Classroom building at Fremont High School under construction.
Fremont High School in Oakland received major upgrades from Measure J, a $475 million bond for school upgrades passed in 2012. Funding from the Measure Y bond will go to similar renovations at other schools. Credit: Pete Rosos

Oakland Unified School District has several openings on its citizens’ commissions and committees for those who want to get more involved in school district business. 

The oversight committees primarily work with OUSD staff and the school board to make sure the district is a good steward of its public funding, which comes mainly from the state and federal governments, local parcel taxes, and bond measures. The committees review audits and other financial reports, visit school sites, and make recommendations to the board to improve fiscal oversight. 

The committees and commissions typically meet monthly, and members serve two-year terms up to three times. Applications for the vacancies are available online. The board president (District 4 Director Mike Hutchinson, currently) nominates individuals to the committees and the full board must vote to approve them. These are volunteer positions.

Looking for more ways to get involved in public schools? You can also volunteer in Oakland schools and attend and participate in school board meetings. The city’s ethics commission also has vacancies right now for those interested in the watchdog group.

Audit committee

Vacancies: Two

The audit committee recommends independent auditors to the board who examine the district’s financial and accounting procedures. The committee also reviews the auditors’ findings and recommendations for improving financial controls and makes regular reports to the board. This committee is essential to ensuring the district remains solvent. It’s a crucial task: OUSD must pass a fiscal systems audit in order to leave the state receivership that its been under since 2003.

The audit committee typically has seven members, and at least four of them should have expertise in auditing or management of a public school system. 

Measures B, J, and Y Independent Citizens School Facilities Bond Oversight Committee

Vacancies: Three

The bond oversight committee ensures OUSD is properly spending its bond funds on facilities projects throughout the district, like school buildings, sports fields, classrooms, labs, and district offices. This committee reviews audits, cost-saving measures, and tours school sites where bond funds are being spent. In 2020, Oakland voters approved the $735 million bond Measure Y to renovate and construct buildings across the district, including McClymonds High School and a new central office headquarters.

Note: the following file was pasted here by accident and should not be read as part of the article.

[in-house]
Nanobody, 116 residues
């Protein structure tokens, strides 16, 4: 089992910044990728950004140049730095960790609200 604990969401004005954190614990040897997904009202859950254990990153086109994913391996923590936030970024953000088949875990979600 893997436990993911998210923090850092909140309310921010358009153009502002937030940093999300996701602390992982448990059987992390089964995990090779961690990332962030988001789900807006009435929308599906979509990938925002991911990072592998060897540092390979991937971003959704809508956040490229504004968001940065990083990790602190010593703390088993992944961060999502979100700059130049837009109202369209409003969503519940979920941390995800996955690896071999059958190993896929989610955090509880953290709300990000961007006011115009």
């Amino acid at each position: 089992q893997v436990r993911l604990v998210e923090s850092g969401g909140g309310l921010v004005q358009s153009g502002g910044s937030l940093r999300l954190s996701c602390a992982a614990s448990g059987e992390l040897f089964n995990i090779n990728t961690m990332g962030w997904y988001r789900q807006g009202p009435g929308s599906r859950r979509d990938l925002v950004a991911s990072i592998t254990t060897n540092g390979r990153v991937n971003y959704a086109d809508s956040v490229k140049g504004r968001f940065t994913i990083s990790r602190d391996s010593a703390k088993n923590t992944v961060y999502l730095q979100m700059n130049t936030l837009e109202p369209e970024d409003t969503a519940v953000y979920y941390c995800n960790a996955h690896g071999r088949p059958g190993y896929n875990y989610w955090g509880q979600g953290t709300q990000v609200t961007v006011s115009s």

The bond oversight committee typically has nine members and must include parents, business leaders, and members of senior citizens’ organizations and taxpayers’ associations. 

Measure G Parcel Tax Independent Citizens Oversight Committee

Vacancies: Two

Measure G was approved by Oakland voters in 2008 and raises more than $20 million per year to maintain school libraries, support arts and music programs, retain qualified teachers, and keep class sizes small. The oversight committee monitors the parcel tax spending and makes regular reports to the board on expenditures.

The Measure G oversight committee has seven members including parents, business leaders, community members, property owners, and those with financial expertise. 

Measure G1 District Wide Teacher Retention and Middle School Improvement Act Oversight Commission

Vacancies: One

Oakland voters approved Measure G1 in 2016, a parcel tax that raises about $12 million per year to attract and retain teachers, provide arts, music, and language classes to middle schoolers, and offer grants to improve middle school learning environments. This commission provides oversight on the parcel tax spending, reviews audits, and makes recommendations to the board to ensure proper spending.

This commission has five members with an emphasis on those who are knowledgeable about arts, music, and language education in middle school, and those who have expertise in compensation for educators. 

Ashley McBride writes about education equity for The Oaklandside. Her work covers Oakland’s public district and charter schools. Before joining The Oaklandside in 2020, Ashley was a reporter for the San Antonio Express-News and the San Francisco Chronicle as a Hearst Journalism Fellow, and has held positions at the Poynter Institute and the Palm Beach Post. Ashley earned her master’s degree in journalism from Syracuse University.